Many of us when we were little read the story of Alexander and the Terrible, Horrible, No Good Very Bad Day. Ironically, in the Christian life, many days that we thought were “no good” turn out to be quite significant. As my pastor Guy Templeton used to say, “No one can properly evaluate tragedy on the day that it happens.” Joseph, for example, is sold by his brothers into slavery, but God uses this very event to save the Jewish people from extinction. We can find the providence of God in the malice of men.
Enter Julie Alexander. I had been a pastor in Georgia for three years when Julie and her daughter Danielle entered our church. They were moving from a famous church in Kansas City, and they appeared to have their act together. The appearance, however, told nothing of the hurt and pain that Julie had experienced previously. Her marriage had ended in a bitter divorce, and Julie, had she not been pregnant with her daughter Danielle, would have probably ended her life. But through the providence of God, these traumatic circumstances led Julie to a Christian friend and eventually to the Lord.
Julie’s life began to rebound. She entered the music ministry of Grace Baptist and began to flourish. She taught widows in the adult department of the Sunday School and eventually became a mentor to teenage girls in our bus ministry. God used Julie to minister to those who had gone through some of the same hurts that she had been through.
Though Julie was successful at a local financial institution and was making $85,000 a year, she knew there was still something more. Her life was still unfulfilled. She sensed that these ministries were merely preparatory for the crowning achievement of her life. And a couple of years ago, I watched as Julie came forward in a missions conference to surrender to go to Africa to work with orphans.
Eventually, Julie settled on the field of Liberia, not knowing at the time that Liberia would leap into the news through the Ebola epidemic. Julie was at GRIBT last night to present her work, and once again my eyes were wet with tears as I rehearsed in my mind how far Julie has come. Several lessons from her life are worthy of emulation.
First, no isolated failure has to spell the end of effective service. In certain circles, divorce is the unpardonable sin. Indeed, some mission boards refuse to look at any person who has been divorced, even if that divorce took place prior to conversion as in the case of Julie. There are some agencies, however, that believe that scarred people have a significant role in the Great Commission. I am glad that Julie’s sending church and mission agency agree.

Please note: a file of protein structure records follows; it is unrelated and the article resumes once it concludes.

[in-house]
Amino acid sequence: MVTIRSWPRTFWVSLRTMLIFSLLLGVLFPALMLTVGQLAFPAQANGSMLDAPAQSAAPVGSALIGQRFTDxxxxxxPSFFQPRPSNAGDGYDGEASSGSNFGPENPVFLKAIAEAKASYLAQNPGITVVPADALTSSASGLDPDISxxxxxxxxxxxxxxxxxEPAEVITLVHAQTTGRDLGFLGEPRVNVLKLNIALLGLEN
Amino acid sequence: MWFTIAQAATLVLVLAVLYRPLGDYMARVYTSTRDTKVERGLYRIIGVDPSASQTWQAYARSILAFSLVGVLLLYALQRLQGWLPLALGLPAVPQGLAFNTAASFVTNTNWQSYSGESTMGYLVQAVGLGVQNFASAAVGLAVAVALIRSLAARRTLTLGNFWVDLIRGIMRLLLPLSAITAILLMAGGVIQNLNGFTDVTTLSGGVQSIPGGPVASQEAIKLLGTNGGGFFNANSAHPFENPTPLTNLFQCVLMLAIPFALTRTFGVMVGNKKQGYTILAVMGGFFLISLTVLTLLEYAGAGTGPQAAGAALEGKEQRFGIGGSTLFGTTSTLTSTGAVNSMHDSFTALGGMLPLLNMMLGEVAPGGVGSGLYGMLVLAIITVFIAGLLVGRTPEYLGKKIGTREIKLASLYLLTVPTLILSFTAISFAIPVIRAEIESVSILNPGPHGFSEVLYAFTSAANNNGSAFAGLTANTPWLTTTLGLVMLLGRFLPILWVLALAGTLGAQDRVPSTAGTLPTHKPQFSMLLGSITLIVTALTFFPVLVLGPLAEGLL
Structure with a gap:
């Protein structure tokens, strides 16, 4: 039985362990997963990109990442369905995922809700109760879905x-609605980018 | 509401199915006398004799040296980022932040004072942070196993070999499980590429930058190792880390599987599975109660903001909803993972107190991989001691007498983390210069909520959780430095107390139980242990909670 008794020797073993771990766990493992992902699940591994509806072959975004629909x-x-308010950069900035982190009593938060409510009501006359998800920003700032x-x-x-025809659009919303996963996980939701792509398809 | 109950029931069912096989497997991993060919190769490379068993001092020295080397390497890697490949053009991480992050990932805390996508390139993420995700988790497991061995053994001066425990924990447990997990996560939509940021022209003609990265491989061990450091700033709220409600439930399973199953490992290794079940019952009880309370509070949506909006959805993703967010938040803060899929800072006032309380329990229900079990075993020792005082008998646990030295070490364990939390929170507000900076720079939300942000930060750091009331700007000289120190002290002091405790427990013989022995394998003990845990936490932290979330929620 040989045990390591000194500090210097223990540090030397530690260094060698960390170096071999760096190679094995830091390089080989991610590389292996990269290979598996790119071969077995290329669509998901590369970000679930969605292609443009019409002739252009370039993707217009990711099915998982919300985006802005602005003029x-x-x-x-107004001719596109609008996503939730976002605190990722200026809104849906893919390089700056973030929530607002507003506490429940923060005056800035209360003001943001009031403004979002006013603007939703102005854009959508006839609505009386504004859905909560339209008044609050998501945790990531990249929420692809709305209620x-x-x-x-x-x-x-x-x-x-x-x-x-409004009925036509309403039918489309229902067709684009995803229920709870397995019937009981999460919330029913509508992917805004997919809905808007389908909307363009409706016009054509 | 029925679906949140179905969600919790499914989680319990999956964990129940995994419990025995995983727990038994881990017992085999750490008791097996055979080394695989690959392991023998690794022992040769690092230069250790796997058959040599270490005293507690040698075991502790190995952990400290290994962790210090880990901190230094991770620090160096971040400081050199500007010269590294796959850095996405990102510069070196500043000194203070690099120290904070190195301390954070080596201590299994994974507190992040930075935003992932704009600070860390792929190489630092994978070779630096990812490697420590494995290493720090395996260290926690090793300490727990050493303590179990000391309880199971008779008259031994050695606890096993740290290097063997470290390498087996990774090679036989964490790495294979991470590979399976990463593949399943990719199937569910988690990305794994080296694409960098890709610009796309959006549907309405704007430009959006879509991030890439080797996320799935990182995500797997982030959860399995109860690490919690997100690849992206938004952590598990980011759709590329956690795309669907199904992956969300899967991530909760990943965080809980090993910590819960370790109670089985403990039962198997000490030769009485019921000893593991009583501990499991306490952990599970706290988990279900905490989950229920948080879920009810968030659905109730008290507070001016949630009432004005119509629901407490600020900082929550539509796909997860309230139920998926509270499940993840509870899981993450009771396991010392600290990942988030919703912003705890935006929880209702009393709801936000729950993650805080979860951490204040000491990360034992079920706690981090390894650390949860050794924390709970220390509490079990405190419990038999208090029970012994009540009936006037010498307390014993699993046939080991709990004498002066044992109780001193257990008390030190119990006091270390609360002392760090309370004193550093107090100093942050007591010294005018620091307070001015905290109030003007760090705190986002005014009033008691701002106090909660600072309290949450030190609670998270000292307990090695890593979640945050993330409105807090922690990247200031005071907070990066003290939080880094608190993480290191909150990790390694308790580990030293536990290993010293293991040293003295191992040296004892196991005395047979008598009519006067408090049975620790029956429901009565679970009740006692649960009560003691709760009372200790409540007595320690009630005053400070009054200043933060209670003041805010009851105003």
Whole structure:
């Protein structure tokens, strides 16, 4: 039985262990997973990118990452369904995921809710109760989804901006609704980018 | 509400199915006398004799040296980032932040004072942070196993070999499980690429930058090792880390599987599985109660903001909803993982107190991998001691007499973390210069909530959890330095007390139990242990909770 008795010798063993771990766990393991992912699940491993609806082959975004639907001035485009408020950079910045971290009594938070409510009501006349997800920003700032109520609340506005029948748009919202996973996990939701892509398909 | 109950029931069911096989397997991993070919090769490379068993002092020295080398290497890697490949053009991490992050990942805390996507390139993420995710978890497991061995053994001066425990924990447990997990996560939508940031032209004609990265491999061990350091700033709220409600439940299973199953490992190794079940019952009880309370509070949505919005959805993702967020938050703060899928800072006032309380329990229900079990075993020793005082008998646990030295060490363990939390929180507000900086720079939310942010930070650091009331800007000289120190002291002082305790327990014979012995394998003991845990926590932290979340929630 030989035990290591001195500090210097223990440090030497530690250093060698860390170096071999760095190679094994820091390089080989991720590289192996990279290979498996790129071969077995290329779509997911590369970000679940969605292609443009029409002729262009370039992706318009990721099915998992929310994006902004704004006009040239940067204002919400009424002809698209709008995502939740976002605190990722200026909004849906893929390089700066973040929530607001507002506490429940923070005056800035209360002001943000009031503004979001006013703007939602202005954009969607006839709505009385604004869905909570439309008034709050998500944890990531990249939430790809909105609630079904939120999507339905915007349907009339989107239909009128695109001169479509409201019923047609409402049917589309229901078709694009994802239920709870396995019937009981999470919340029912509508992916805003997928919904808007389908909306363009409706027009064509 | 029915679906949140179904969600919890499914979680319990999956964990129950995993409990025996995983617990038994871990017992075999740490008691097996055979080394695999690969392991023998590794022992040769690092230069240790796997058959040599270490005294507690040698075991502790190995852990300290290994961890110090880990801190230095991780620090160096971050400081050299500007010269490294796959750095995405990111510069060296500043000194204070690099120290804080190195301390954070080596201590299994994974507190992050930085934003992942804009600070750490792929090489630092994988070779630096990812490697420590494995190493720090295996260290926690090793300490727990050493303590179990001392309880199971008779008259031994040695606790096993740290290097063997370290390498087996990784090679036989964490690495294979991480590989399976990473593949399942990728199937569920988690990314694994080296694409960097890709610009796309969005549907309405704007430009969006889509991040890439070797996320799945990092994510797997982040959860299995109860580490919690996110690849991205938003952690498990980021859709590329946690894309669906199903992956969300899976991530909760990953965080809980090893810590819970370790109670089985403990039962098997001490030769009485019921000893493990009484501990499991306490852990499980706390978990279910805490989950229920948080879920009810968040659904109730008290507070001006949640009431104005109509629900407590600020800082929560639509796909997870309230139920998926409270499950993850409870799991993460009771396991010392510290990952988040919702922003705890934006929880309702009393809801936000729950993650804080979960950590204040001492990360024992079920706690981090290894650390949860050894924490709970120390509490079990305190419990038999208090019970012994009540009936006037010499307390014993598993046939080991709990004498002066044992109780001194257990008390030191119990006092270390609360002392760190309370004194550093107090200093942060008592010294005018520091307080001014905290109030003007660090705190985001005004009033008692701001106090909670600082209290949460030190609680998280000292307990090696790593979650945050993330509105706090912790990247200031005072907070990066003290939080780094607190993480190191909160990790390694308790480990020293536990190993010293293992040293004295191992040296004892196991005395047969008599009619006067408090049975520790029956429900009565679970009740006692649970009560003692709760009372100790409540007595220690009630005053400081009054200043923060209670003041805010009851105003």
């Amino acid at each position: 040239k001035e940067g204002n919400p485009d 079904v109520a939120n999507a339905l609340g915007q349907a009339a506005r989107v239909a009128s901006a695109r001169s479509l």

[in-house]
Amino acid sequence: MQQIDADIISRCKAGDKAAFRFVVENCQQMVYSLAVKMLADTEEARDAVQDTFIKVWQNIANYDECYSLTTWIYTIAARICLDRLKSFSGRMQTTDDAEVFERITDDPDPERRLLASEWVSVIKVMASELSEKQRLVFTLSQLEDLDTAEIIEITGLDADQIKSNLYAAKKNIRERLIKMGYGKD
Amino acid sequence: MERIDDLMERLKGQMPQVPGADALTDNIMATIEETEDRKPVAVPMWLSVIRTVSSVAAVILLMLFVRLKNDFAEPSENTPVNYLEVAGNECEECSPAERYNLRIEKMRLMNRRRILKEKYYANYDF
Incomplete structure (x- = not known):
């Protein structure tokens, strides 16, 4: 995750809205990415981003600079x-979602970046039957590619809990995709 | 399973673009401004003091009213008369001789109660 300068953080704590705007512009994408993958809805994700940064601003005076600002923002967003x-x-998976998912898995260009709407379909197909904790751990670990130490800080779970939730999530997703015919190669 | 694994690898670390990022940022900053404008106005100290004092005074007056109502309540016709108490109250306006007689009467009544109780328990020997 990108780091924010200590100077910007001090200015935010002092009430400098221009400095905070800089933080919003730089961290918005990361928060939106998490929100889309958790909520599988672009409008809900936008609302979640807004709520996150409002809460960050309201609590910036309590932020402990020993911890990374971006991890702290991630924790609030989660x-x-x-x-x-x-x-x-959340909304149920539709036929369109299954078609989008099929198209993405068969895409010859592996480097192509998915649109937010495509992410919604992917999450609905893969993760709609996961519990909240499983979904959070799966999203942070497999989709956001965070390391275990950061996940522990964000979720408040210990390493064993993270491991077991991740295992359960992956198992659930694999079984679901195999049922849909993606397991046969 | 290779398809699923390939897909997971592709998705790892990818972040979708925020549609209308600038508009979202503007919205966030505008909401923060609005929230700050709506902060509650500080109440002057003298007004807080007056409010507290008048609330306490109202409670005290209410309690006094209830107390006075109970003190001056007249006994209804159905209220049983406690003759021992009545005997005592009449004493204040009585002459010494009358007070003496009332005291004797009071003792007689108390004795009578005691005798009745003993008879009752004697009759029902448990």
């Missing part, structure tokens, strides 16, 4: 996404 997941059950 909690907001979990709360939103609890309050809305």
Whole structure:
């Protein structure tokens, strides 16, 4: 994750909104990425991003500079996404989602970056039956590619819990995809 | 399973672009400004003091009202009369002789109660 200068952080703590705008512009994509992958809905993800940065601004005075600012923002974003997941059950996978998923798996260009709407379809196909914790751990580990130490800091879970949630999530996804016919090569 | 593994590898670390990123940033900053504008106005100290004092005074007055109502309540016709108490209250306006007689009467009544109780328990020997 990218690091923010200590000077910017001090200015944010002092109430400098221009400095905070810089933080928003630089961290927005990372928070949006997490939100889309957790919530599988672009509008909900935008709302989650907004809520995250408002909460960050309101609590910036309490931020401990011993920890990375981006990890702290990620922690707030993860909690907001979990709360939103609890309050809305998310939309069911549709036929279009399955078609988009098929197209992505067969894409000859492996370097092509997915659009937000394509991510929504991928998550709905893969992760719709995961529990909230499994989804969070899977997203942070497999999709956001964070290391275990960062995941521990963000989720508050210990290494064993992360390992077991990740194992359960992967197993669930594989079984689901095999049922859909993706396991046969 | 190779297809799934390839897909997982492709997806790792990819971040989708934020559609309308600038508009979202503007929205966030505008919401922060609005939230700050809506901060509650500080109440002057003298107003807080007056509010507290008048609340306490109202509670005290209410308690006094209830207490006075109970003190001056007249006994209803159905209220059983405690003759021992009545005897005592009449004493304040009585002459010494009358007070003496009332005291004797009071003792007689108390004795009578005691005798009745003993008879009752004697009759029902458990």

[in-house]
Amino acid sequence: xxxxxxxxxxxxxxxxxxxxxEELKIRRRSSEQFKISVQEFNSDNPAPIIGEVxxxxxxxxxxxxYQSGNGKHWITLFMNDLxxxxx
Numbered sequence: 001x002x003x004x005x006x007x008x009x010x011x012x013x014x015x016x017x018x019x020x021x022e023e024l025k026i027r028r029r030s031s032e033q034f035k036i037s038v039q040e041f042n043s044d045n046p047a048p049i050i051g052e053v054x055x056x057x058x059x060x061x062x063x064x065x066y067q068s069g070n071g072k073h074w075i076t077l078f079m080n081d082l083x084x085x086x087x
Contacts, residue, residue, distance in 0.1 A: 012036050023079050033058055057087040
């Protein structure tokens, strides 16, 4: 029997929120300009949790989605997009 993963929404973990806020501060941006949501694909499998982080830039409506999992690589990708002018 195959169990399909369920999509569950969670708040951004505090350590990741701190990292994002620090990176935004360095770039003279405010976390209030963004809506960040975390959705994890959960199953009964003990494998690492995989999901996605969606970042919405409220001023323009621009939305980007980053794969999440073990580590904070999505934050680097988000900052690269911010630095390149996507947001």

Second, women have a role to play in missions. The sending of the Spirit necessitates that our daughters prophesy (Acts 2:17). And as uncomfortable as Baptists may be with this verse, Philip the Evangelist had four virgin daughters that prophesied (Acts 21:9). I am not suggesting that women should pastor churches. I am saying that they have something that needs to be said and should be allowed to say it. Paul told Timothy to teach the old men, and the young men, and the old women, but to leave the teaching of the young women to the old women (Titus 2:1-6). There are plenty of reasons why pastors should not be too involved in the lives of young women, and there is a great need for women like Julie to fill that vacancy. Indeed, in some Muslim cultures, men are not even permitted to talk to women in public. There is a role for the single gal on the mission field.
And finally, all of us need to have lives that can be explained only by God. Julie’s life is a trophy of grace. I have watched as God has sustained her through this tremendous step of faith. Very few people are willing to leave an $85,000 annual salary to live in a third world country, especially a single gal at the age of 50. But God has miraculously supplied through the generosity of Grace Baptist Church and Julie’s godly pastor, Jeremy Rands. Churches are starting to sense that there is an anointing on this lady. Our church is poised to get behind this ministry financially because we sense that here is a life and ministry that can only be explained by God.
Indeed, the hurts of the past will be used of God to salve the hurts of the present (2 Corinthians 1:4). And all of those terrible, horrible, no good, very bad days in life of (Julie) Alexander will turn out to be the very days used to forge one great missionary. You go, girl! And may others go with you!